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When diluting a mixture of two reactants with lets say a 100ml of H2O, how do you add this to the uncertainties of the concentrations of the reactants? Should the relative uncertainty of the added H2O be added to the relative uncertainty of the volume in both reactants?

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When adding values together, you should add together their absolute uncertainties. For example, if you started with $500\pm5\mathrm{mL}$ and add $100\pm1\mathrm{mL}$, your new volume value is $600\pm6\mathrm{mL}$.

You would add the relative uncertainties if you are multiplying values. For example, if you started with $1\pm.06\text{ moles}$ and want to find the molarity in a solution with a volume of $500\pm5\mathrm{mL}$, your molarity will be $2\pm.14\text{M}$. The uncertainty was obtained by finding the sum of the relative uncertainties and multiplying it by the concentration to obtain an absolute uncertainty, as shown below. $$(\frac{.06}{1}+\frac{5}{500})(2\text{M})=\frac{7}{100}(2\text{M})=.14\text{M}$$

For more details on uncertainty rules, this page from the University of Victoria gives some of the basics.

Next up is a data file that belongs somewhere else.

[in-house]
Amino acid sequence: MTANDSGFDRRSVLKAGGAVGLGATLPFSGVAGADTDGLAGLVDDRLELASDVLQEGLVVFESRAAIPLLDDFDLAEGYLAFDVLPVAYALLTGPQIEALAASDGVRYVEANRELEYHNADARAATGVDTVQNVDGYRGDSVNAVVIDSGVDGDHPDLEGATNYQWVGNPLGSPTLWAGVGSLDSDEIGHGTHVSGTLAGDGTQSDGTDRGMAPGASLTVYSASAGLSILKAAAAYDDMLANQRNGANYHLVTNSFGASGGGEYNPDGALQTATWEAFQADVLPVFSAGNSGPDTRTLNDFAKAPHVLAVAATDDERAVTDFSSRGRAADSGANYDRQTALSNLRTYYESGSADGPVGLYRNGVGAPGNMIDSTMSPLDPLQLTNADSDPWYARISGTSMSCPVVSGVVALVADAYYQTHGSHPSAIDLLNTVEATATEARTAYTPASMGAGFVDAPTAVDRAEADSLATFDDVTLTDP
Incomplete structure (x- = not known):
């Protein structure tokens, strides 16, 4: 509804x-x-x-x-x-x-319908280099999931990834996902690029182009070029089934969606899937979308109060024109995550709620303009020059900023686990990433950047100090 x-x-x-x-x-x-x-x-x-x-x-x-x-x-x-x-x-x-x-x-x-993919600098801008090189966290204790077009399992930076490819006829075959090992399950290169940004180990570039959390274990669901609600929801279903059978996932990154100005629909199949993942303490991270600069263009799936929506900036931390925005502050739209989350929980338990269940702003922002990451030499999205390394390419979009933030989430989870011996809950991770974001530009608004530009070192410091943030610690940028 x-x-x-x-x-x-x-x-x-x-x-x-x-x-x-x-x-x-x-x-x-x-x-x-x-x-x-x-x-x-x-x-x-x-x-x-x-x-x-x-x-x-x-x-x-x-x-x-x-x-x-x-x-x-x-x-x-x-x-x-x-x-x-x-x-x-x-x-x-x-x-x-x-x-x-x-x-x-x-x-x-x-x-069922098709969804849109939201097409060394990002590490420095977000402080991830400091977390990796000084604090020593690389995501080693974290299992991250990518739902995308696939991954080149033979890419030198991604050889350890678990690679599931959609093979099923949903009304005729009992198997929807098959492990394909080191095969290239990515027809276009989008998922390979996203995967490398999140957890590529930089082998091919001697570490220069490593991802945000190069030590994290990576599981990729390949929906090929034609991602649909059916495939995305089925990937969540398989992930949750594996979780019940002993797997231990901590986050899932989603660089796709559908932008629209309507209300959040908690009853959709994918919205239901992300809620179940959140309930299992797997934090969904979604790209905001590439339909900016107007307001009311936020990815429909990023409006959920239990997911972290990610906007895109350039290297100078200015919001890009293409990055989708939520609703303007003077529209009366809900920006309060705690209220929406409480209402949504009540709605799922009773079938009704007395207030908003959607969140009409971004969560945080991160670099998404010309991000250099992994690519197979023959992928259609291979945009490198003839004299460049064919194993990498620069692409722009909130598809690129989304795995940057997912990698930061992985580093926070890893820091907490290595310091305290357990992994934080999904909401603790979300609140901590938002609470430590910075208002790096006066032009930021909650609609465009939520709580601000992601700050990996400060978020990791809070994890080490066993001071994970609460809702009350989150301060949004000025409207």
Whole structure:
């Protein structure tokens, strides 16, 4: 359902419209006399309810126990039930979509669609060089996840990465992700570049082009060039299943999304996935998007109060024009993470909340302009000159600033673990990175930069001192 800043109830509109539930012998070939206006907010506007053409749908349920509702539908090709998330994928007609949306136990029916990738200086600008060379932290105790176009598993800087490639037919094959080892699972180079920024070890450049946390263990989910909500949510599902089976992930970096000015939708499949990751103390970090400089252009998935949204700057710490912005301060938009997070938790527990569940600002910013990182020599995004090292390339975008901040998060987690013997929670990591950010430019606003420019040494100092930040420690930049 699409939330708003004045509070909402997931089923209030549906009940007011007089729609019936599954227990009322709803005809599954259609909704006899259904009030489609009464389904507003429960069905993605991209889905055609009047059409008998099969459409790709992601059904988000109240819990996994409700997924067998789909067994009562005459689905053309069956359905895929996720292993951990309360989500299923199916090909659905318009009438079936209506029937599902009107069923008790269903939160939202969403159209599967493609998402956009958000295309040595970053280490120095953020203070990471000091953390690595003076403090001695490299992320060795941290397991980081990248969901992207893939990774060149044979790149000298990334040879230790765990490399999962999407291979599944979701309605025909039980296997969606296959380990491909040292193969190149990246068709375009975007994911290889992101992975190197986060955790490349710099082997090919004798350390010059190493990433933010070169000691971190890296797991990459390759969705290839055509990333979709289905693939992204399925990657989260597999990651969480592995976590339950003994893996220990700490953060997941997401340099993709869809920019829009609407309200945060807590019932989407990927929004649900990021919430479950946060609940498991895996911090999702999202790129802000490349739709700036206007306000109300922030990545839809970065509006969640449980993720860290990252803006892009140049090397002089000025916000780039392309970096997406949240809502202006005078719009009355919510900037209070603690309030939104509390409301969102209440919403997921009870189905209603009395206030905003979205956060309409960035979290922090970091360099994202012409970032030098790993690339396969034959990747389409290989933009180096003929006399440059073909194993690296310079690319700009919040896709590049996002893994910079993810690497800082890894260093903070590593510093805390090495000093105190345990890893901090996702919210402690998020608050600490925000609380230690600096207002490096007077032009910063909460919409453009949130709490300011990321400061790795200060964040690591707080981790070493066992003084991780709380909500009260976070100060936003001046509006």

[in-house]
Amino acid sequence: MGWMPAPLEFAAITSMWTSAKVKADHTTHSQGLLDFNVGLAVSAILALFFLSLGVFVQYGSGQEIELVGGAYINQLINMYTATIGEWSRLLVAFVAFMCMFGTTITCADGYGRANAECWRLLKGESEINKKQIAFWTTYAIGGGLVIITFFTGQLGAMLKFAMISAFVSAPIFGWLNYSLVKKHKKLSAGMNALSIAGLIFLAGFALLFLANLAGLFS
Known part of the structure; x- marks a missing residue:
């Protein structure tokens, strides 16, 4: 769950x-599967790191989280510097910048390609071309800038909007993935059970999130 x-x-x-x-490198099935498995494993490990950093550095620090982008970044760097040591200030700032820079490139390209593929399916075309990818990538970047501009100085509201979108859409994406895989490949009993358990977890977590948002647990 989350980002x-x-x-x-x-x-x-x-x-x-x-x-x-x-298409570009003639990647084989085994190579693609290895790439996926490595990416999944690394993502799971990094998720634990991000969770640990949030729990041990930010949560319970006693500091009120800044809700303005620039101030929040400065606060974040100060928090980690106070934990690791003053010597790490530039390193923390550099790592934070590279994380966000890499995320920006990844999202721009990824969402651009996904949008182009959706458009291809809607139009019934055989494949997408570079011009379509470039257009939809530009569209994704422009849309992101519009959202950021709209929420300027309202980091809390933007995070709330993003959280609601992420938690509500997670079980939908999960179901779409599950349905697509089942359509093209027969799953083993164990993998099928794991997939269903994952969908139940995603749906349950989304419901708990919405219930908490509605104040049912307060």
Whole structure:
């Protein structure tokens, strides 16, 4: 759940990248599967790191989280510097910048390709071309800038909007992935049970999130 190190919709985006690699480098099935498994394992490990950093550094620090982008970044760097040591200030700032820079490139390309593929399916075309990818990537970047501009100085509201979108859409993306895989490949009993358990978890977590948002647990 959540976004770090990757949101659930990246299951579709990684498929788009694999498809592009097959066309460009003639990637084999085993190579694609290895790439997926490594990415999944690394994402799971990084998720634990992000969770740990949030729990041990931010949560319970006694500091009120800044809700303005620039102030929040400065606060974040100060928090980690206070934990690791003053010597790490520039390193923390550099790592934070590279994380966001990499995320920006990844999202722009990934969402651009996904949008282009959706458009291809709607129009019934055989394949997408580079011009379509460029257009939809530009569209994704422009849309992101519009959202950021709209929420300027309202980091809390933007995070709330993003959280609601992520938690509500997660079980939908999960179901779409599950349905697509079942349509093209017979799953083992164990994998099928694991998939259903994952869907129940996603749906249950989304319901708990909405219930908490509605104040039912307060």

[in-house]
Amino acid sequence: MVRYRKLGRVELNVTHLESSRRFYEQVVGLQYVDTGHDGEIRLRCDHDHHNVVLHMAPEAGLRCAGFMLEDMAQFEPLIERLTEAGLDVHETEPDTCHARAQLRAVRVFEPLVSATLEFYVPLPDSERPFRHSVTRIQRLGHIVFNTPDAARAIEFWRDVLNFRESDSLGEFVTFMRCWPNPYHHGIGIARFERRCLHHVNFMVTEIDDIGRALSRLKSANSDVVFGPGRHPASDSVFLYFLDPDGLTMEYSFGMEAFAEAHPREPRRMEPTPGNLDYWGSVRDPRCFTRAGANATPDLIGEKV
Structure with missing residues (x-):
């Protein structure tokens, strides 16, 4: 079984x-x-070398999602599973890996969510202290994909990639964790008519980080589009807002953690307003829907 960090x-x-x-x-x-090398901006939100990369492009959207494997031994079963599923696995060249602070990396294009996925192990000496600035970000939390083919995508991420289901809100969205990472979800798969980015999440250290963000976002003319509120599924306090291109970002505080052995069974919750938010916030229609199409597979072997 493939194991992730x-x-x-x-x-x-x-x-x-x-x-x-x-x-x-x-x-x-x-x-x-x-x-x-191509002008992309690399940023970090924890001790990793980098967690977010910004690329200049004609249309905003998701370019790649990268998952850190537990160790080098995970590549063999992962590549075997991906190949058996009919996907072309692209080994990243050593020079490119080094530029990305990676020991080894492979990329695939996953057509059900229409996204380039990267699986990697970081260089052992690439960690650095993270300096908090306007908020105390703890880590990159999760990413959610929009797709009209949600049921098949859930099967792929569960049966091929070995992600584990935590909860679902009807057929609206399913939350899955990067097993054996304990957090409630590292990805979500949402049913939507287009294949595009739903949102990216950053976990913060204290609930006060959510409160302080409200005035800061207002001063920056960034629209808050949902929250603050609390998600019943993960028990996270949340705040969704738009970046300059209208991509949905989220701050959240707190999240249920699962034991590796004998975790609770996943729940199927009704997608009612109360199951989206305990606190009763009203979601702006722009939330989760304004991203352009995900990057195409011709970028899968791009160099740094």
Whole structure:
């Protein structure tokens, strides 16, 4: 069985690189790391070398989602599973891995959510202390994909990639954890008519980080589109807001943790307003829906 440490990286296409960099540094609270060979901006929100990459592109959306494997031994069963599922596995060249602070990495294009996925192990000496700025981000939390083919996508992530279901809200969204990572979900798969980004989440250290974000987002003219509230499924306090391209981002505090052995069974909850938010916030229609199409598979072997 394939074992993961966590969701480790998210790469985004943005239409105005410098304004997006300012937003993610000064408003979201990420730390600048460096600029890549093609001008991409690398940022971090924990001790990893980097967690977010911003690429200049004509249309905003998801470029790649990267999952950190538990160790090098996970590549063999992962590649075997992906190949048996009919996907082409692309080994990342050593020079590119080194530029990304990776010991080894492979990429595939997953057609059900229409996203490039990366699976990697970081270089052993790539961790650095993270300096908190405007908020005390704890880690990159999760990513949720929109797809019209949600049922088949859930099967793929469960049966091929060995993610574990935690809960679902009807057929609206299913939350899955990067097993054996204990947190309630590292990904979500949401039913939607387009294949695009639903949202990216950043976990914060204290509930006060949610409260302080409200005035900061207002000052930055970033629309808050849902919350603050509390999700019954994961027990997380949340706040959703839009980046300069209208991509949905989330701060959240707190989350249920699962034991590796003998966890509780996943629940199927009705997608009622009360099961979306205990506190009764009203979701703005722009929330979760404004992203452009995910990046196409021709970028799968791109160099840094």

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When adding or subtracting uncertainties they are squared and added then the square root taken. Thus if $z=x+y$ where x and y are two measurements with uncertainties $\sigma_x, \sigma_y$ the combined uncertainty is $$\sigma_z = \sqrt{\sigma _x^2 + \sigma_y^2}$$ and the answer $z= (x+y) \pm \sigma_z$

For more details besides adding values see this answer Uncertainty Equations Confusion

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  • $\begingroup$ @L. Wagemaker I would recommend this answer. My method is a simplification, which is easier to compute, but will typically overestimate the uncertainty. $\endgroup$ – Tyberius Apr 1 '17 at 23:24

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